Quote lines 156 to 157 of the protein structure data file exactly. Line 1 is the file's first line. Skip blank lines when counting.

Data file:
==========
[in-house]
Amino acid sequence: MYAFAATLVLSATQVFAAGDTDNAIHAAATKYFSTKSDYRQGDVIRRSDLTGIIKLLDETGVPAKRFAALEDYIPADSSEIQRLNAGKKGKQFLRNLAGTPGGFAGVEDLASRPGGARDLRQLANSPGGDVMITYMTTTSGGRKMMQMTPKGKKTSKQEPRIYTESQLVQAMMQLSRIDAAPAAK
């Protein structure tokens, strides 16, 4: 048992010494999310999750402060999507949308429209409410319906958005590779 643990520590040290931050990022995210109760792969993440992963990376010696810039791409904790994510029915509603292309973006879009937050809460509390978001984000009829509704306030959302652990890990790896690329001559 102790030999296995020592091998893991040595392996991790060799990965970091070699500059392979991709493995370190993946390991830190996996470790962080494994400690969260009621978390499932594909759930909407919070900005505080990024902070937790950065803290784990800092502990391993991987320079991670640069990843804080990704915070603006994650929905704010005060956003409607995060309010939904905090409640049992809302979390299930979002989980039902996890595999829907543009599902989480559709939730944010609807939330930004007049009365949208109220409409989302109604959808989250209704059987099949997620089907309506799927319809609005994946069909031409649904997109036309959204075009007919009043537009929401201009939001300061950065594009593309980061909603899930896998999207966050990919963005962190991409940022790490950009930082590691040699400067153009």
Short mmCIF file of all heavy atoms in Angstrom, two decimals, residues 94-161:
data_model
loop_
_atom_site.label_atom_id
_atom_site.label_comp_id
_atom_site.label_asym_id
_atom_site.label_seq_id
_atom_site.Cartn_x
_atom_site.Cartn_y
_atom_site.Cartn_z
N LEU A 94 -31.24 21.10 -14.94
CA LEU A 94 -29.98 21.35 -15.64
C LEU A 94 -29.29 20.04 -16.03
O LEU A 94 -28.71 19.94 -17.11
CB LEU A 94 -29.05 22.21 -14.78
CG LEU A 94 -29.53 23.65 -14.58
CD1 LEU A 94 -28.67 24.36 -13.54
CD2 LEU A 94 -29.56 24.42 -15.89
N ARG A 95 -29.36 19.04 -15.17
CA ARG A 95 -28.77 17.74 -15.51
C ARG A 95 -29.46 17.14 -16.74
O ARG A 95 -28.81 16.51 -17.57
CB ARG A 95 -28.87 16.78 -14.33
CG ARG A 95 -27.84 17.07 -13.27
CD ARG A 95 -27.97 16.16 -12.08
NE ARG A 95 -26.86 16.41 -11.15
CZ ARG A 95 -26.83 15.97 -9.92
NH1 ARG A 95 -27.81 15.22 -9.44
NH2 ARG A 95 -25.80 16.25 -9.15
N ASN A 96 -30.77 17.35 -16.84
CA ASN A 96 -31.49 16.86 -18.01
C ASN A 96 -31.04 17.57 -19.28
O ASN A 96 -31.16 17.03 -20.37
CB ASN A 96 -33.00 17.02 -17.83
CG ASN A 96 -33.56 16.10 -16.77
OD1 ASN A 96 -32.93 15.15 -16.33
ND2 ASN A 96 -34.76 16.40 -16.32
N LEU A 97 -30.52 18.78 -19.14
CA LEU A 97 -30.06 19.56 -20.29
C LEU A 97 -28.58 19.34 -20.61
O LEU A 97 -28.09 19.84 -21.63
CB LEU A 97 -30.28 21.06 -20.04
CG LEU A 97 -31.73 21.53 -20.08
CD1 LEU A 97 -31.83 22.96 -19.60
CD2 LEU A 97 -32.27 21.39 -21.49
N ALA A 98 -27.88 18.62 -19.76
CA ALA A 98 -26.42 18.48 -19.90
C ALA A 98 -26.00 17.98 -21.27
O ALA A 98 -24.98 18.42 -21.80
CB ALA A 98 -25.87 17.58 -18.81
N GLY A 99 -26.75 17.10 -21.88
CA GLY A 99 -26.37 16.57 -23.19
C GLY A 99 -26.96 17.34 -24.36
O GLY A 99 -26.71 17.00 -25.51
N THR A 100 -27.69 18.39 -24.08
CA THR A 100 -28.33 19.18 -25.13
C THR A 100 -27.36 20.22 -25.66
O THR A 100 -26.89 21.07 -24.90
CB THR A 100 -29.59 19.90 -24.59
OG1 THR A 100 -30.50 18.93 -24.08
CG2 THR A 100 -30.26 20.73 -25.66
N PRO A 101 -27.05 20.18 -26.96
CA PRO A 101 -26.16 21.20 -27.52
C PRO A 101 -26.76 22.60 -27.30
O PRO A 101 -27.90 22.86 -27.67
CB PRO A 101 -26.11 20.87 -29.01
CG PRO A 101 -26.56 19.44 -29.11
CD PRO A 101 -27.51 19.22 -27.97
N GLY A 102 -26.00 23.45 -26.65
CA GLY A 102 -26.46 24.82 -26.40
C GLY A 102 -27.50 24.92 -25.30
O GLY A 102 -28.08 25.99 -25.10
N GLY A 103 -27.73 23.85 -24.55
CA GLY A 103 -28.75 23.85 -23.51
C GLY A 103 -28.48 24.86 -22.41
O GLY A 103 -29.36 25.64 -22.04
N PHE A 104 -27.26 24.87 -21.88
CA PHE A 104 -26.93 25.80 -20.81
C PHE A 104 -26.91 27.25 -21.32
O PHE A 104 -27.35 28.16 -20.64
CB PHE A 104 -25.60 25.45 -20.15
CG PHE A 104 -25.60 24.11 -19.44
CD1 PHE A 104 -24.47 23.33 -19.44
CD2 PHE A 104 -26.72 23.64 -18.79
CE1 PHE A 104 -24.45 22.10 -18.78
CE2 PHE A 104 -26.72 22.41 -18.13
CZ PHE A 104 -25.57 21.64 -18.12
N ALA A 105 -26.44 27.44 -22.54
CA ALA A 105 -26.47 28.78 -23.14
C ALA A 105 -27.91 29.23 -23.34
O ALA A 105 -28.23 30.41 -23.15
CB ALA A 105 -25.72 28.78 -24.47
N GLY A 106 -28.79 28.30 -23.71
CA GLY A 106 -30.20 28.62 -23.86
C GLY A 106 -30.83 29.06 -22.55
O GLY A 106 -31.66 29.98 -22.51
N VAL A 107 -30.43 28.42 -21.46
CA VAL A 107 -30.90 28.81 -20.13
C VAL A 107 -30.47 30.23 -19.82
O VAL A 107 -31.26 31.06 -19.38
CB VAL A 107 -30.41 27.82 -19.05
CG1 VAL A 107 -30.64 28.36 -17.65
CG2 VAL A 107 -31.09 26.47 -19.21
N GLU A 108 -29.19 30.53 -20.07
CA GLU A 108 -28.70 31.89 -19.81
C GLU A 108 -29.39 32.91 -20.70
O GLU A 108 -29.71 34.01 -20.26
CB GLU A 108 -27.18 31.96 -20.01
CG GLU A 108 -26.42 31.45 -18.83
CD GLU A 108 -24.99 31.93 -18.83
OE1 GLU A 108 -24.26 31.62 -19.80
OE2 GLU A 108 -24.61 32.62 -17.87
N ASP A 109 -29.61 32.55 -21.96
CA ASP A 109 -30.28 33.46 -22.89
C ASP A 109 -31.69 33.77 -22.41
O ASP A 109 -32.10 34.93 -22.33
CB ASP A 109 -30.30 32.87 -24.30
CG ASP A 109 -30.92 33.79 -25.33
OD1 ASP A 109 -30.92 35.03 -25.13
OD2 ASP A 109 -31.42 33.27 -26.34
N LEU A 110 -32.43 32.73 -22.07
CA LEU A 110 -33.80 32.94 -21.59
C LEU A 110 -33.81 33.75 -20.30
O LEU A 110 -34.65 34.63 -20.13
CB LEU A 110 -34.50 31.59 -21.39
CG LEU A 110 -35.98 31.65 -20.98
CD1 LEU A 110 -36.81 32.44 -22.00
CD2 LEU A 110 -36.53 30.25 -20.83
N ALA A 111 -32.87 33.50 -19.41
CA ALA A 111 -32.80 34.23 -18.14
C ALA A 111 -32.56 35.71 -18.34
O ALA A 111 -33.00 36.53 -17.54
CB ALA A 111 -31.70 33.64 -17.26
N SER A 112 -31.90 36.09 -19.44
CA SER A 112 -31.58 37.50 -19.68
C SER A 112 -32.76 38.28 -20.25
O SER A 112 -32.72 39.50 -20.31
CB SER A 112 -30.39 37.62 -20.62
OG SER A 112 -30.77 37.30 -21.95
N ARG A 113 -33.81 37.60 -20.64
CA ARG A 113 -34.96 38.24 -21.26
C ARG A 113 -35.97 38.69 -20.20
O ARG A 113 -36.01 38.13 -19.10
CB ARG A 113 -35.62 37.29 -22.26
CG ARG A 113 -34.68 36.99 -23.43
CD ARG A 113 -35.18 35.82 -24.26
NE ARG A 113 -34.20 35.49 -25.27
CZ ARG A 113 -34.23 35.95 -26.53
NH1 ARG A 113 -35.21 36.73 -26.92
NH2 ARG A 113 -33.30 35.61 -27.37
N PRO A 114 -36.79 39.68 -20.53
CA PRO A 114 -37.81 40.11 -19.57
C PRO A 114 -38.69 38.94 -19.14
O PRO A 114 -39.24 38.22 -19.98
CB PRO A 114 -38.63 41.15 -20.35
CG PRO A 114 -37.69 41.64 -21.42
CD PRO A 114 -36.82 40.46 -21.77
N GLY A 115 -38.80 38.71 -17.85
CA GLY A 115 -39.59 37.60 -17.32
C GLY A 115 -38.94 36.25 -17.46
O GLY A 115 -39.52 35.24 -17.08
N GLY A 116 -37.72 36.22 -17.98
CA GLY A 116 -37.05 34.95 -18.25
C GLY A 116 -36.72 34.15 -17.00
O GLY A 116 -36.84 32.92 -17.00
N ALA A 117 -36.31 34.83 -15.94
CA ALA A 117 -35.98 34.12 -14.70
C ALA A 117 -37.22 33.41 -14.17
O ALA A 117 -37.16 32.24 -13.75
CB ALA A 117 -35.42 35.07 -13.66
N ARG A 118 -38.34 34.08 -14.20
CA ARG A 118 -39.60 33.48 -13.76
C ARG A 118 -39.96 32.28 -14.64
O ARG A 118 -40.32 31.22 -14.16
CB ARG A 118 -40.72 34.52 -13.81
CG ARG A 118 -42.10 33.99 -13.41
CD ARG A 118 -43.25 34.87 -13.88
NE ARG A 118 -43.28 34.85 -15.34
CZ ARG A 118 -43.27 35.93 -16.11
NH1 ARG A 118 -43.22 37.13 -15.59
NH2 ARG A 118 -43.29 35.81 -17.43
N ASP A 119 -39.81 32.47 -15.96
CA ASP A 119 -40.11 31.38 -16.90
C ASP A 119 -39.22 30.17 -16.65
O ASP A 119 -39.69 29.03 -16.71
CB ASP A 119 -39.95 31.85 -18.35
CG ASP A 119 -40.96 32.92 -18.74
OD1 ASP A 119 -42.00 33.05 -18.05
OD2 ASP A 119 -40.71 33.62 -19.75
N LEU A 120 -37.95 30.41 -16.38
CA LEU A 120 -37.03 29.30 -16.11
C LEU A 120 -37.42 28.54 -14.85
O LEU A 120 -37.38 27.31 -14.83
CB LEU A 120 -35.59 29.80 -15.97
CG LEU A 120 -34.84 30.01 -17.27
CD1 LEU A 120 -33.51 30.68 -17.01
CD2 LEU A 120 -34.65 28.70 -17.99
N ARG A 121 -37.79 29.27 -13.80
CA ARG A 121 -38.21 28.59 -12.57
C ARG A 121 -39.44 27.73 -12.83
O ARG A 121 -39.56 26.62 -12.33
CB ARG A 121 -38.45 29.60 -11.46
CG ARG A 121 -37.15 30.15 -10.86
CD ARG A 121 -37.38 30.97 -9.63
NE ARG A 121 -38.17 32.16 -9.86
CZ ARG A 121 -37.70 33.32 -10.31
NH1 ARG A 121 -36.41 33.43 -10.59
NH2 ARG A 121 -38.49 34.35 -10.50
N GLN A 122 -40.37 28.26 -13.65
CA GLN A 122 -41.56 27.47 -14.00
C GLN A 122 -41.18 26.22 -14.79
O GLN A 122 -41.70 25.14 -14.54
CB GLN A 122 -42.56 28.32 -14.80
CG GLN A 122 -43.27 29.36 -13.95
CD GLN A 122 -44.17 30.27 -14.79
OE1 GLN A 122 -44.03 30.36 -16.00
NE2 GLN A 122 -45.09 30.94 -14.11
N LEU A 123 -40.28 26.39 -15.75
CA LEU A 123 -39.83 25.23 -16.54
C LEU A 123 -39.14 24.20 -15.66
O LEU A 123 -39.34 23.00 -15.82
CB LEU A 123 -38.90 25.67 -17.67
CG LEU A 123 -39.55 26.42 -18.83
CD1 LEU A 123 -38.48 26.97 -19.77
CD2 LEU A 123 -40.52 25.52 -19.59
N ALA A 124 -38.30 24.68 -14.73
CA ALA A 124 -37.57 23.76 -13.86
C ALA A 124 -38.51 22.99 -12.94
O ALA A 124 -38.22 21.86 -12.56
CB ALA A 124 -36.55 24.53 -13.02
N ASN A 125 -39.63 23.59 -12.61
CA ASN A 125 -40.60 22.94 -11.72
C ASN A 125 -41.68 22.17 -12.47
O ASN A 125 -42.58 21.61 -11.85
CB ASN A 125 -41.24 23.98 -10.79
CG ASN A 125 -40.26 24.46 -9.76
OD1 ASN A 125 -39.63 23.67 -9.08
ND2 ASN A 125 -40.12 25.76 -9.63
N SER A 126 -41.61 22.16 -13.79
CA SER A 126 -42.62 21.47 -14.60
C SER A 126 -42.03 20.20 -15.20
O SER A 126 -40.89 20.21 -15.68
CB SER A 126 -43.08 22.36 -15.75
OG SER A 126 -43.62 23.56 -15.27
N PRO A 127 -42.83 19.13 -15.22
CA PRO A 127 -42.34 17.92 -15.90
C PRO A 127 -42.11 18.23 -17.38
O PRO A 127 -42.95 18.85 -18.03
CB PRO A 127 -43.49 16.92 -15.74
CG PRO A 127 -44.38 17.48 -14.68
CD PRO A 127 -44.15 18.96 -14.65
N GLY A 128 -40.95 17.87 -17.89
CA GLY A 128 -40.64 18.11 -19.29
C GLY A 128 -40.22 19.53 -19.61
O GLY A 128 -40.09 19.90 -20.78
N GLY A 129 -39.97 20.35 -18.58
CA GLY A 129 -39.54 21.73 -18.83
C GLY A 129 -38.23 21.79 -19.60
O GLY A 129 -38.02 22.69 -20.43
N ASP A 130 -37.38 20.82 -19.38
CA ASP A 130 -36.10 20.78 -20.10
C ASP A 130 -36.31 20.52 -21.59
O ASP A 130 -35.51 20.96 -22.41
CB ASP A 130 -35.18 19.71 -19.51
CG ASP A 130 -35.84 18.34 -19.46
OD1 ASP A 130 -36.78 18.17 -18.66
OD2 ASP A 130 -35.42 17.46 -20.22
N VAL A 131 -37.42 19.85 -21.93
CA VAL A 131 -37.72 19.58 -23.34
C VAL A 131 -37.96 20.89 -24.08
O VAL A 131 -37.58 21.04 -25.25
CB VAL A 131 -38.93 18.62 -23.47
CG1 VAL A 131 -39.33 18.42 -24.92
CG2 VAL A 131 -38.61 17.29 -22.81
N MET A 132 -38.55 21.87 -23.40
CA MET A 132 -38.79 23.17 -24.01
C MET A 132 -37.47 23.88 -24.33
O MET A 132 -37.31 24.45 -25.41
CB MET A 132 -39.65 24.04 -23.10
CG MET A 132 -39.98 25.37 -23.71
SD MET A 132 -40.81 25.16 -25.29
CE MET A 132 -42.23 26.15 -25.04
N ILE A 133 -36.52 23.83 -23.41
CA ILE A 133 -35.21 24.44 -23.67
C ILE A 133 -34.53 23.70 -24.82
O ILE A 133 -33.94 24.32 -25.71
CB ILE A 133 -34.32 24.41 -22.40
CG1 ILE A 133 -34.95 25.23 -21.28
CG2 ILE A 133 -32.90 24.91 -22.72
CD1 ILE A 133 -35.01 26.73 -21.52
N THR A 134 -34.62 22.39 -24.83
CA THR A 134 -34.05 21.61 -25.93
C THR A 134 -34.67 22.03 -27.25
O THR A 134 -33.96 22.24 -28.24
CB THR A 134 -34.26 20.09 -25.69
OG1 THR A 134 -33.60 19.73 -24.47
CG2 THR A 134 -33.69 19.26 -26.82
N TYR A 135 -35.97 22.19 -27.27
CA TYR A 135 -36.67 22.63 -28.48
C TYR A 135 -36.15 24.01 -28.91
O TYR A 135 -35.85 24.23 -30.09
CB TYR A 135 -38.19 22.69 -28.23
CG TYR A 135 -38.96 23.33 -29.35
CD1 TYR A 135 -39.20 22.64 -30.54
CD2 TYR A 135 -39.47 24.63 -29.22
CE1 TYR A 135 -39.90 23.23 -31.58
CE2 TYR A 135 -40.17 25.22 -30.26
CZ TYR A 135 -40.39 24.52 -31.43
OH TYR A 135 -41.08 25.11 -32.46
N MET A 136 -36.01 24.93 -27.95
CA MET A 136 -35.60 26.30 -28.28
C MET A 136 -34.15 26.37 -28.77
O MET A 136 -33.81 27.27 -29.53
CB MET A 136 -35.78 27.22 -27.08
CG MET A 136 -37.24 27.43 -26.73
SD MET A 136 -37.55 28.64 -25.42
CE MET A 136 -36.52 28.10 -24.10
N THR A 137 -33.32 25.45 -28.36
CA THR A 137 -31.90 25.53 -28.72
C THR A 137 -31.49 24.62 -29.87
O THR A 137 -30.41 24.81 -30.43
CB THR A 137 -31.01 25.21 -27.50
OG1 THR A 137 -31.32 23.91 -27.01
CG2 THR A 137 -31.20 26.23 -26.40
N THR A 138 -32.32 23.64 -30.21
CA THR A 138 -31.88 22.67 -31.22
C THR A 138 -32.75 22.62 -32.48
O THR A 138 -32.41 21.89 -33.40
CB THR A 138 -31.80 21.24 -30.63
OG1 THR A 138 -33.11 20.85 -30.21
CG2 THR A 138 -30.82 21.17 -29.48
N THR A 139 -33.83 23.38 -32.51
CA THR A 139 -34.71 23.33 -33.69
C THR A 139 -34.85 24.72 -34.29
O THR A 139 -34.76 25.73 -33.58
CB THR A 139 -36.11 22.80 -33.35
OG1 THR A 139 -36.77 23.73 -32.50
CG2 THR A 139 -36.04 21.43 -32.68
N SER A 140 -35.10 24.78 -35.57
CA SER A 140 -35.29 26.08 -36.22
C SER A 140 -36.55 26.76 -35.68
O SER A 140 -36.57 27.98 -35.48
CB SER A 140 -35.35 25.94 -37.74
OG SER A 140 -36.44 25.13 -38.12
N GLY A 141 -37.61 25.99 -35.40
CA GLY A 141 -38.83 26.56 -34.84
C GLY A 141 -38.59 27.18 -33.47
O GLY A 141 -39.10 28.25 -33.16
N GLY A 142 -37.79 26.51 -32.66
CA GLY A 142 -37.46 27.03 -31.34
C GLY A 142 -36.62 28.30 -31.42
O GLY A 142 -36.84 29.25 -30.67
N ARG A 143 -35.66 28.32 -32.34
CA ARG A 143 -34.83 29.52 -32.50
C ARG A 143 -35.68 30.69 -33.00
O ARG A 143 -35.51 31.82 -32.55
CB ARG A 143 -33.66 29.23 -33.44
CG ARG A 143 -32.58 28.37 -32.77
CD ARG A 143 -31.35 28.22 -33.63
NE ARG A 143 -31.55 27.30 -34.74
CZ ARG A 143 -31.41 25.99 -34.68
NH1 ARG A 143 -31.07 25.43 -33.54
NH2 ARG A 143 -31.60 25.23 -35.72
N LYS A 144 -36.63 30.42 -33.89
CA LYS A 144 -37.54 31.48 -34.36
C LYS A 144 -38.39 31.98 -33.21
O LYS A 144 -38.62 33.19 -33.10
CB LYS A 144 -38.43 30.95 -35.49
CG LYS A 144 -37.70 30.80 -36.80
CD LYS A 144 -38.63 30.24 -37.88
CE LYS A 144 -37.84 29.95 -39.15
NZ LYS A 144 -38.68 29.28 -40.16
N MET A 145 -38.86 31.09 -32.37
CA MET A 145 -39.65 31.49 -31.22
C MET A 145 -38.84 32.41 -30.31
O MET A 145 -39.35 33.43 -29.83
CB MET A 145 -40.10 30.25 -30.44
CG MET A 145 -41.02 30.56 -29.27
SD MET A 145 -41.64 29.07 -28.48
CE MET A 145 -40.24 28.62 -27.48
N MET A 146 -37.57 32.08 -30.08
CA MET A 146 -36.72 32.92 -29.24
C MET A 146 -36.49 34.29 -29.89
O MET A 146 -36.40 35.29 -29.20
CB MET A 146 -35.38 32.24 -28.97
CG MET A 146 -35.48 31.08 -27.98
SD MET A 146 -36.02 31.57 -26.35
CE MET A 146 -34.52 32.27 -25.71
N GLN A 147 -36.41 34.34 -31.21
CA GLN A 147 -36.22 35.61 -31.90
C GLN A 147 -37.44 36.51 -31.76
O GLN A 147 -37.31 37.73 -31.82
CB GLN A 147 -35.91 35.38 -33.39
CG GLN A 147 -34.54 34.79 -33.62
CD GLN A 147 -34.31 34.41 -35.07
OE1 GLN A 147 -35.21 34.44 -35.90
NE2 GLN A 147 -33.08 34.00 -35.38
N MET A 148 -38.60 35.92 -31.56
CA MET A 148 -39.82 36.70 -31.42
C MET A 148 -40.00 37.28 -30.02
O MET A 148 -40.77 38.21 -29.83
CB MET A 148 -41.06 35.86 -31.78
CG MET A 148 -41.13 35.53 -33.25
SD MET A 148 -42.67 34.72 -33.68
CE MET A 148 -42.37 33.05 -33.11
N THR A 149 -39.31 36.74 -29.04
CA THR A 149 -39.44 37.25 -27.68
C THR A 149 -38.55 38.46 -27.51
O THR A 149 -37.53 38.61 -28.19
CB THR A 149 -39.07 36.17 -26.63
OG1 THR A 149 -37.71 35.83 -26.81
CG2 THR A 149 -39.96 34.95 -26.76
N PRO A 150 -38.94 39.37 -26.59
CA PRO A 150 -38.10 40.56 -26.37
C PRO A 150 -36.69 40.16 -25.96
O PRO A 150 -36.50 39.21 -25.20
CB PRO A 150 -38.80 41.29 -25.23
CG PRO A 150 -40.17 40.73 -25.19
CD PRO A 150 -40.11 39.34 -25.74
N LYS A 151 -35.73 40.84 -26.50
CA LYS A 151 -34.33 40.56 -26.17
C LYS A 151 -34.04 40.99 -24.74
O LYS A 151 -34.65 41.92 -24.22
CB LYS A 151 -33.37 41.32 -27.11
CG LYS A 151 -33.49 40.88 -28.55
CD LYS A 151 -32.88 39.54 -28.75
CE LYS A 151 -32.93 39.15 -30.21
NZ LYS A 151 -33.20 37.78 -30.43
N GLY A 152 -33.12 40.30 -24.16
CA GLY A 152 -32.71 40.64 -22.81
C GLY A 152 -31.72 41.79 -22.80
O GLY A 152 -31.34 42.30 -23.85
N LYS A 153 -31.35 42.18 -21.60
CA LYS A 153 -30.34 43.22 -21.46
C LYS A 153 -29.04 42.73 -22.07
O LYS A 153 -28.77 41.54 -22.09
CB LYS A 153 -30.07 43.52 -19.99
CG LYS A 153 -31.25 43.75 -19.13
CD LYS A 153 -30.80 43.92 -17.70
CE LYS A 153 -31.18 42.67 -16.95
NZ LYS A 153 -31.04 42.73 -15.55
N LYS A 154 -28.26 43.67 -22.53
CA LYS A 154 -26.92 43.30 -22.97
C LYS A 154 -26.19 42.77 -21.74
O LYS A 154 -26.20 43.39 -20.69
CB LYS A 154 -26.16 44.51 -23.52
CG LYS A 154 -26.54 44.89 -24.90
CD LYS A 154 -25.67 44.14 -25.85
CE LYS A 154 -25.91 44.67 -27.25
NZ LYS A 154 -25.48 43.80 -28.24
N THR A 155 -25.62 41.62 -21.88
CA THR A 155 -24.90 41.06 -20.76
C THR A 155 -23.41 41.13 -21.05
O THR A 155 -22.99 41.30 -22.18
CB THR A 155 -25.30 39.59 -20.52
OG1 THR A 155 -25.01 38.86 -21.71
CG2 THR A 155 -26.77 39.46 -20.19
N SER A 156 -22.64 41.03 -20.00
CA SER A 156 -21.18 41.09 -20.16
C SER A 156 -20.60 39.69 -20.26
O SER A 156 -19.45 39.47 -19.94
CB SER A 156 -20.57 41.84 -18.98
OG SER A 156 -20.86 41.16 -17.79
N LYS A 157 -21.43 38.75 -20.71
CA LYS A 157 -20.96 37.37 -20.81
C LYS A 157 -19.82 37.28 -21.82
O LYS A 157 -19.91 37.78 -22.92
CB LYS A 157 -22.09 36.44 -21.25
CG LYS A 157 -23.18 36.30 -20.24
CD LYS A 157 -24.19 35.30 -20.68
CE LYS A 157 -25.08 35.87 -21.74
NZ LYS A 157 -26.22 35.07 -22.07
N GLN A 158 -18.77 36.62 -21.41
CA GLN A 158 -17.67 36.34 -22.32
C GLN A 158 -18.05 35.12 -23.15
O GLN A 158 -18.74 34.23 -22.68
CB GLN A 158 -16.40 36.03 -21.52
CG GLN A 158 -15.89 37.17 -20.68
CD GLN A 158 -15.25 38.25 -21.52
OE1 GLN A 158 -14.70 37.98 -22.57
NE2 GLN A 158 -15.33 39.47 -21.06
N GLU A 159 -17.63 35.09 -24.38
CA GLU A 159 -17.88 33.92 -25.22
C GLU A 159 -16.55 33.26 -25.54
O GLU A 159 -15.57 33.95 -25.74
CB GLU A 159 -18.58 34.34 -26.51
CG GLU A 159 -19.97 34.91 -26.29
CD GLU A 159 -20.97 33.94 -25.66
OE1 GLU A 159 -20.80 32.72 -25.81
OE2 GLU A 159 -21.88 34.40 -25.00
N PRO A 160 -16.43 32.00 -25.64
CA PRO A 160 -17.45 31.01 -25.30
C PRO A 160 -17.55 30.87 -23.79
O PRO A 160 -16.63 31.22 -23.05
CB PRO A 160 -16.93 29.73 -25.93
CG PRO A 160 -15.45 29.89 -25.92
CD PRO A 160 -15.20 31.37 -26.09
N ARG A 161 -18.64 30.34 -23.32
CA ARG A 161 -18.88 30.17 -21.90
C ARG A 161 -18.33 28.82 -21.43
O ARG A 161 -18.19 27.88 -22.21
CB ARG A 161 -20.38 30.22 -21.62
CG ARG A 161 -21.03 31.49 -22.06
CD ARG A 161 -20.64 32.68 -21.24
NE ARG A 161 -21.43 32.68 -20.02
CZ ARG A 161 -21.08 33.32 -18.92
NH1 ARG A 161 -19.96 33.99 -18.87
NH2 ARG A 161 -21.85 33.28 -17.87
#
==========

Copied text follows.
C PRO A 114 -38.69 38.94 -19.14
O PRO A 114 -39.24 38.22 -19.98